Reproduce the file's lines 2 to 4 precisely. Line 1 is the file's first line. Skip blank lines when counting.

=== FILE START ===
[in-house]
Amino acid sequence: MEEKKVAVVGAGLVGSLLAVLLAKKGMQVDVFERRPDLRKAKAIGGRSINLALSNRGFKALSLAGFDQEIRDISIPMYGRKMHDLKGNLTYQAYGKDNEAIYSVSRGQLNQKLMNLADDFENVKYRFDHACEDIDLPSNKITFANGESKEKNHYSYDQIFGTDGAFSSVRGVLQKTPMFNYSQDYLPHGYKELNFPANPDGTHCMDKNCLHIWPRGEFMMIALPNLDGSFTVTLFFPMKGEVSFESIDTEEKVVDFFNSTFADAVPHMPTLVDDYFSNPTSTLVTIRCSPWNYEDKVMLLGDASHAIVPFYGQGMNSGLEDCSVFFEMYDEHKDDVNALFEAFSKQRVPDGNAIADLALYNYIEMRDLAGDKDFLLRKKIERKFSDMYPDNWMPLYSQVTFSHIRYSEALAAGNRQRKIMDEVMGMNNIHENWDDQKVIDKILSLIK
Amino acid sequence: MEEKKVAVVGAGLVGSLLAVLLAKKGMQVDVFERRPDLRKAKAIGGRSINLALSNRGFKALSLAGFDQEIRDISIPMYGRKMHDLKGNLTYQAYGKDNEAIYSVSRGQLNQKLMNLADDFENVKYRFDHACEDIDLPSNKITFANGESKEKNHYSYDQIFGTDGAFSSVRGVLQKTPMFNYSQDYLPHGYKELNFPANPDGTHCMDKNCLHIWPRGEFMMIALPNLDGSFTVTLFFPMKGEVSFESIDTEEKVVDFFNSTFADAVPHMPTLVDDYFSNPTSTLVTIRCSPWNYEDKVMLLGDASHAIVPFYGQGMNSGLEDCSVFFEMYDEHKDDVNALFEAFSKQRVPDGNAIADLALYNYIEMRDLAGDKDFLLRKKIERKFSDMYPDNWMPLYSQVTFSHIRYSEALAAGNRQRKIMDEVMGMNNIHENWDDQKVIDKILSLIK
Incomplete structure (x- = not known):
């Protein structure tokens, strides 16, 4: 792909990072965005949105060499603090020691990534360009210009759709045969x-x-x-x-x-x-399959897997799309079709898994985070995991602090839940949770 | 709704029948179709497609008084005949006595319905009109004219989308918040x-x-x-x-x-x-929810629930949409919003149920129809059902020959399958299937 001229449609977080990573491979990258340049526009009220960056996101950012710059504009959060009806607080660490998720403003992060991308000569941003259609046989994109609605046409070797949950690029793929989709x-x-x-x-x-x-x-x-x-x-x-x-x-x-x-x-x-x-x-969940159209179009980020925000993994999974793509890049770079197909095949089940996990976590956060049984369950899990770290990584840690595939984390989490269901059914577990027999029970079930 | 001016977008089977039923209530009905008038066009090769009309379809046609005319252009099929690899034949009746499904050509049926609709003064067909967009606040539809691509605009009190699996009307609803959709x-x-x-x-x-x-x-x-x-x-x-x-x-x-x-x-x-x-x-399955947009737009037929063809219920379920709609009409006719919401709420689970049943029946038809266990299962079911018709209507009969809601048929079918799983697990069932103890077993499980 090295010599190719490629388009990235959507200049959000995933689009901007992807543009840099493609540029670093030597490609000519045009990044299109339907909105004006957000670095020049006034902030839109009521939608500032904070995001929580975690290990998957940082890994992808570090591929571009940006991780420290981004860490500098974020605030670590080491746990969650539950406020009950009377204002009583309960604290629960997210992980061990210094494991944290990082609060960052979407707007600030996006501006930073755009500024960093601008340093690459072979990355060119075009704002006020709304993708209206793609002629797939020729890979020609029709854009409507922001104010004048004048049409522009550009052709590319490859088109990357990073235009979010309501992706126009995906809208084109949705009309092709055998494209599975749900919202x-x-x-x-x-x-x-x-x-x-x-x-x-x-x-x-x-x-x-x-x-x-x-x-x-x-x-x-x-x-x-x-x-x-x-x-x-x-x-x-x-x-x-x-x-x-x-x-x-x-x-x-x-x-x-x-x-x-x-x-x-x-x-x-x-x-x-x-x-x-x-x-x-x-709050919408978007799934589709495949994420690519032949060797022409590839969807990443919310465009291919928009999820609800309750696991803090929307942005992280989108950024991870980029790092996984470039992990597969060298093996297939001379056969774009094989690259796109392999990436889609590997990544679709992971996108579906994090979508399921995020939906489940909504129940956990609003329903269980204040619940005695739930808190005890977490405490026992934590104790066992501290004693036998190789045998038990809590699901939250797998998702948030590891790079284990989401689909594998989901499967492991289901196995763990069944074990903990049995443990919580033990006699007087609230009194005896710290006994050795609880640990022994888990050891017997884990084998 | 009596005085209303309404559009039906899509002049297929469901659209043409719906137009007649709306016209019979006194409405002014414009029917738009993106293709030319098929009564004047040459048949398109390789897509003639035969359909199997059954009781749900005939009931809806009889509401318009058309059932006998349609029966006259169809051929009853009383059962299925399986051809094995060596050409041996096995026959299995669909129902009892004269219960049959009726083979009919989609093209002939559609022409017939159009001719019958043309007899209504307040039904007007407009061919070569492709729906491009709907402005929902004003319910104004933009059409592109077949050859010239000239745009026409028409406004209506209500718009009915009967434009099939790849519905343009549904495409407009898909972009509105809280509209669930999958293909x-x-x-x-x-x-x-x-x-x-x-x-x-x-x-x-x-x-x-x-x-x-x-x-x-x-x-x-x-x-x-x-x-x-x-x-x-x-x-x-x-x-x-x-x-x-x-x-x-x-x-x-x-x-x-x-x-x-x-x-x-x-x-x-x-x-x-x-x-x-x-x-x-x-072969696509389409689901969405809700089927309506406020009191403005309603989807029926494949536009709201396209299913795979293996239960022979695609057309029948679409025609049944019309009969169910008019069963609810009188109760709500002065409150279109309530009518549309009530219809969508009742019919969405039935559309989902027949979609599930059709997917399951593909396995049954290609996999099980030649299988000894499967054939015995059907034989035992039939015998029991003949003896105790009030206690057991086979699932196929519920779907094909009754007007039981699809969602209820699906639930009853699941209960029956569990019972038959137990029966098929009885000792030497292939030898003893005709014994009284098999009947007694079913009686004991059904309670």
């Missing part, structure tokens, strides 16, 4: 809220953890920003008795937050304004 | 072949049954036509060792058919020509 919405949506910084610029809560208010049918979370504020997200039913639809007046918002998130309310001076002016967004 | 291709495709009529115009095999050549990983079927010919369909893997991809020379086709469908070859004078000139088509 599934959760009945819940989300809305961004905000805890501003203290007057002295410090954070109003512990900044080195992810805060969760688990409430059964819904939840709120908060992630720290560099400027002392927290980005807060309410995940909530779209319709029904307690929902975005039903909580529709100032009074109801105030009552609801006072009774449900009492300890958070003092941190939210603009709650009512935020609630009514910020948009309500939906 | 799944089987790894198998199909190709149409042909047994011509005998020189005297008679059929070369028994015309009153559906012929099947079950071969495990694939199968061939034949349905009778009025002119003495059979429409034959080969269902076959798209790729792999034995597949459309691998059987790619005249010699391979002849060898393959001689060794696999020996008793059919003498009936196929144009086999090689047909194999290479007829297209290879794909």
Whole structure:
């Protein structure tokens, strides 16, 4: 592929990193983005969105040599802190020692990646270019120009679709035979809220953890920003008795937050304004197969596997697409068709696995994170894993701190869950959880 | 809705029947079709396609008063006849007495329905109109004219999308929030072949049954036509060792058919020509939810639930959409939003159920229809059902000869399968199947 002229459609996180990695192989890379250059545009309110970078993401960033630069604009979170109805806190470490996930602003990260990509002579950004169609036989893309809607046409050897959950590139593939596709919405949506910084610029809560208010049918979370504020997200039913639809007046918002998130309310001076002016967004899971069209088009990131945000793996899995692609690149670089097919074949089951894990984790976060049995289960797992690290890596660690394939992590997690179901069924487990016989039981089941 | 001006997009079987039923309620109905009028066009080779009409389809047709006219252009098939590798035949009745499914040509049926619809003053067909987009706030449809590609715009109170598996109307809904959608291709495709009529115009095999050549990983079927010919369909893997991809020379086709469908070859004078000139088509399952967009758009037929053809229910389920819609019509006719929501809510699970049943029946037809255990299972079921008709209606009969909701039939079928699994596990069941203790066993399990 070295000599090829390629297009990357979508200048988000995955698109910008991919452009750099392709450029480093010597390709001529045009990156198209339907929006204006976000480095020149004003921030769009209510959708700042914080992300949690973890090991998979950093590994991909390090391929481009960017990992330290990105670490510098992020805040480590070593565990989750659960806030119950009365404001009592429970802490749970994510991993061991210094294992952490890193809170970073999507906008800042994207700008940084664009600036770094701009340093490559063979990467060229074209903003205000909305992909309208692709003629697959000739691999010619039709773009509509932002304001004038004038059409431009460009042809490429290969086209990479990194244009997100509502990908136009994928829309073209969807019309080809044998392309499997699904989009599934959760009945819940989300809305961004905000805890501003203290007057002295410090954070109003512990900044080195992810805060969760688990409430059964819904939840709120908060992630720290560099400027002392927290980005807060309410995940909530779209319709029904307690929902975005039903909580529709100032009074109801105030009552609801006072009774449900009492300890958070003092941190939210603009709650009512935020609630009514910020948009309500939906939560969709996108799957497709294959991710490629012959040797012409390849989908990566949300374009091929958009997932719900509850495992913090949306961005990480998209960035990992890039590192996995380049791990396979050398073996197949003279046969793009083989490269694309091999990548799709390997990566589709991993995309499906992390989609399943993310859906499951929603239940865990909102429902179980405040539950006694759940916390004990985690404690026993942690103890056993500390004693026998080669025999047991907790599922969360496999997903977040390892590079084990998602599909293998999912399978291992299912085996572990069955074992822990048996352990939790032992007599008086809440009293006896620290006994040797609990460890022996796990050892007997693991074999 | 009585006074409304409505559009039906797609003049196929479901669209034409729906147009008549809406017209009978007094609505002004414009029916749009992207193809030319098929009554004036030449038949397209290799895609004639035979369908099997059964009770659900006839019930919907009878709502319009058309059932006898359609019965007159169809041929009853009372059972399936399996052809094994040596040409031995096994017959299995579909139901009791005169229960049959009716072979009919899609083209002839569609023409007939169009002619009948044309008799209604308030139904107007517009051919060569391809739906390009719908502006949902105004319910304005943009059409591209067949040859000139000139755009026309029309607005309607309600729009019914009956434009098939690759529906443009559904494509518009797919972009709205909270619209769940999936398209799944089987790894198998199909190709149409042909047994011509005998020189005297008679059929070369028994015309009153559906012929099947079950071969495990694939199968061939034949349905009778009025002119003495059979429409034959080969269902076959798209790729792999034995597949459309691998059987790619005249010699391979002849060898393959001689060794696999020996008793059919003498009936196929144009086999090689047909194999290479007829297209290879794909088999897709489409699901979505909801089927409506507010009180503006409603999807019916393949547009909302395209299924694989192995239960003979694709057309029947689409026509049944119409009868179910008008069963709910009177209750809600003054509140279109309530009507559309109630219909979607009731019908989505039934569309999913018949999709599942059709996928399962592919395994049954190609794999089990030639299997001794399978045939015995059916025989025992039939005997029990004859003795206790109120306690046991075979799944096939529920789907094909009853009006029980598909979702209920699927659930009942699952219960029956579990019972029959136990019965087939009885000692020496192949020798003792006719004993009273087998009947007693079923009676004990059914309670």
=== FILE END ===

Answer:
Amino acid sequence: MEEKKVAVVGAGLVGSLLAVLLAKKGMQVDVFERRPDLRKAKAIGGRSINLALSNRGFKALSLAGFDQEIRDISIPMYGRKMHDLKGNLTYQAYGKDNEAIYSVSRGQLNQKLMNLADDFENVKYRFDHACEDIDLPSNKITFANGESKEKNHYSYDQIFGTDGAFSSVRGVLQKTPMFNYSQDYLPHGYKELNFPANPDGTHCMDKNCLHIWPRGEFMMIALPNLDGSFTVTLFFPMKGEVSFESIDTEEKVVDFFNSTFADAVPHMPTLVDDYFSNPTSTLVTIRCSPWNYEDKVMLLGDASHAIVPFYGQGMNSGLEDCSVFFEMYDEHKDDVNALFEAFSKQRVPDGNAIADLALYNYIEMRDLAGDKDFLLRKKIERKFSDMYPDNWMPLYSQVTFSHIRYSEALAAGNRQRKIMDEVMGMNNIHENWDDQKVIDKILSLIK
Amino acid sequence: MEEKKVAVVGAGLVGSLLAVLLAKKGMQVDVFERRPDLRKAKAIGGRSINLALSNRGFKALSLAGFDQEIRDISIPMYGRKMHDLKGNLTYQAYGKDNEAIYSVSRGQLNQKLMNLADDFENVKYRFDHACEDIDLPSNKITFANGESKEKNHYSYDQIFGTDGAFSSVRGVLQKTPMFNYSQDYLPHGYKELNFPANPDGTHCMDKNCLHIWPRGEFMMIALPNLDGSFTVTLFFPMKGEVSFESIDTEEKVVDFFNSTFADAVPHMPTLVDDYFSNPTSTLVTIRCSPWNYEDKVMLLGDASHAIVPFYGQGMNSGLEDCSVFFEMYDEHKDDVNALFEAFSKQRVPDGNAIADLALYNYIEMRDLAGDKDFLLRKKIERKFSDMYPDNWMPLYSQVTFSHIRYSEALAAGNRQRKIMDEVMGMNNIHENWDDQKVIDKILSLIK
Incomplete structure (x- = not known):